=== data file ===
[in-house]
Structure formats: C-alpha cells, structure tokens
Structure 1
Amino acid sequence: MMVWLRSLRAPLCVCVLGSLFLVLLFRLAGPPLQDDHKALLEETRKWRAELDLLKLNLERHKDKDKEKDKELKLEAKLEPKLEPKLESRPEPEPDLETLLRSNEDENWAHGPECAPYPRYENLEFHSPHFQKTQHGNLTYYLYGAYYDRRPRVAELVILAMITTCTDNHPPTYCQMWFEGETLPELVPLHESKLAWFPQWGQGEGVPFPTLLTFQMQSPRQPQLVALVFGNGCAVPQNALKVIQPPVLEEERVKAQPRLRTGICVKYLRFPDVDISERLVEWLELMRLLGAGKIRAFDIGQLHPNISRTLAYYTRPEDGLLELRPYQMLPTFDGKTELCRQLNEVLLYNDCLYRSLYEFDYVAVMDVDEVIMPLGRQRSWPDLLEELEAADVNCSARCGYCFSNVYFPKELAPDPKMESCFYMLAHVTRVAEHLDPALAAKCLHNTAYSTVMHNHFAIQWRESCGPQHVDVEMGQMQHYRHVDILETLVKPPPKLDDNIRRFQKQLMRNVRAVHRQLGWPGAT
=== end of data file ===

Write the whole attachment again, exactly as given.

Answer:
[in-house]
Structure formats: C-alpha cells, structure tokens
Structure 1
Amino acid sequence: MMVWLRSLRAPLCVCVLGSLFLVLLFRLAGPPLQDDHKALLEETRKWRAELDLLKLNLERHKDKDKEKDKELKLEAKLEPKLEPKLESRPEPEPDLETLLRSNEDENWAHGPECAPYPRYENLEFHSPHFQKTQHGNLTYYLYGAYYDRRPRVAELVILAMITTCTDNHPPTYCQMWFEGETLPELVPLHESKLAWFPQWGQGEGVPFPTLLTFQMQSPRQPQLVALVFGNGCAVPQNALKVIQPPVLEEERVKAQPRLRTGICVKYLRFPDVDISERLVEWLELMRLLGAGKIRAFDIGQLHPNISRTLAYYTRPEDGLLELRPYQMLPTFDGKTELCRQLNEVLLYNDCLYRSLYEFDYVAVMDVDEVIMPLGRQRSWPDLLEELEAADVNCSARCGYCFSNVYFPKELAPDPKMESCFYMLAHVTRVAEHLDPALAAKCLHNTAYSTVMHNHFAIQWRESCGPQHVDVEMGQMQHYRHVDILETLVKPPPKLDDNIRRFQKQLMRNVRAVHRQLGWPGAT